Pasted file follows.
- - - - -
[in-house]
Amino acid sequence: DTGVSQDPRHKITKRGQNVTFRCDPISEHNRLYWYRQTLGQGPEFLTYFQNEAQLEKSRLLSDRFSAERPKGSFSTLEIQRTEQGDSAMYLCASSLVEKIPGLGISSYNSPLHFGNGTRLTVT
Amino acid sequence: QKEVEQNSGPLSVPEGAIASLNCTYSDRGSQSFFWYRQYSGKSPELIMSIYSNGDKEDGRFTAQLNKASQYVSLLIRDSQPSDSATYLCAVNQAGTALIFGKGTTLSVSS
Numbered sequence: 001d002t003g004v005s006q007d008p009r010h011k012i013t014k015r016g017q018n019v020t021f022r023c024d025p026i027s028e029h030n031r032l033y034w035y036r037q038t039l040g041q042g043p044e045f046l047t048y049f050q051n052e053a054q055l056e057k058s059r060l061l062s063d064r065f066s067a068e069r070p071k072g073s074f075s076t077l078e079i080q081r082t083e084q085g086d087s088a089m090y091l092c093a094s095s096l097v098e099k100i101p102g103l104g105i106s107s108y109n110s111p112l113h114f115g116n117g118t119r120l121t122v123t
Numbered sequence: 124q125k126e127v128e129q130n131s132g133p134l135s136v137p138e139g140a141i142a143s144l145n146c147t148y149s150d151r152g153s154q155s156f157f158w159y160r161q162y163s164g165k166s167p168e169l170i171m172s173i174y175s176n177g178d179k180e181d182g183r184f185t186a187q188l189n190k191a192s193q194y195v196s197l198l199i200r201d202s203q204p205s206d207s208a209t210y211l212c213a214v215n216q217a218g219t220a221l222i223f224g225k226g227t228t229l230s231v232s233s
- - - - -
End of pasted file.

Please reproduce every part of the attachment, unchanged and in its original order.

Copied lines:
[in-house]
Amino acid sequence: DTGVSQDPRHKITKRGQNVTFRCDPISEHNRLYWYRQTLGQGPEFLTYFQNEAQLEKSRLLSDRFSAERPKGSFSTLEIQRTEQGDSAMYLCASSLVEKIPGLGISSYNSPLHFGNGTRLTVT
Amino acid sequence: QKEVEQNSGPLSVPEGAIASLNCTYSDRGSQSFFWYRQYSGKSPELIMSIYSNGDKEDGRFTAQLNKASQYVSLLIRDSQPSDSATYLCAVNQAGTALIFGKGTTLSVSS
Numbered sequence: 001d002t003g004v005s006q007d008p009r010h011k012i013t014k015r016g017q018n019v020t021f022r023c024d025p026i027s028e029h030n031r032l033y034w035y036r037q038t039l040g041q042g043p044e045f046l047t048y049f050q051n052e053a054q055l056e057k058s059r060l061l062s063d064r065f066s067a068e069r070p071k072g073s074f075s076t077l078e079i080q081r082t083e084q085g086d087s088a089m090y091l092c093a094s095s096l097v098e099k100i101p102g103l104g105i106s107s108y109n110s111p112l113h114f115g116n117g118t119r120l121t122v123t
Numbered sequence: 124q125k126e127v128e129q130n131s132g133p134l135s136v137p138e139g140a141i142a143s144l145n146c147t148y149s150d151r152g153s154q155s156f157f158w159y160r161q162y163s164g165k166s167p168e169l170i171m172s173i174y175s176n177g178d179k180e181d182g183r184f185t186a187q188l189n190k191a192s193q194y195v196s197l198l199i200r201d202s203q204p205s206d207s208a209t210y211l212c213a214v215n216q217a218g219t220a221l222i223f224g225k226g227t228t229l230s231v232s233s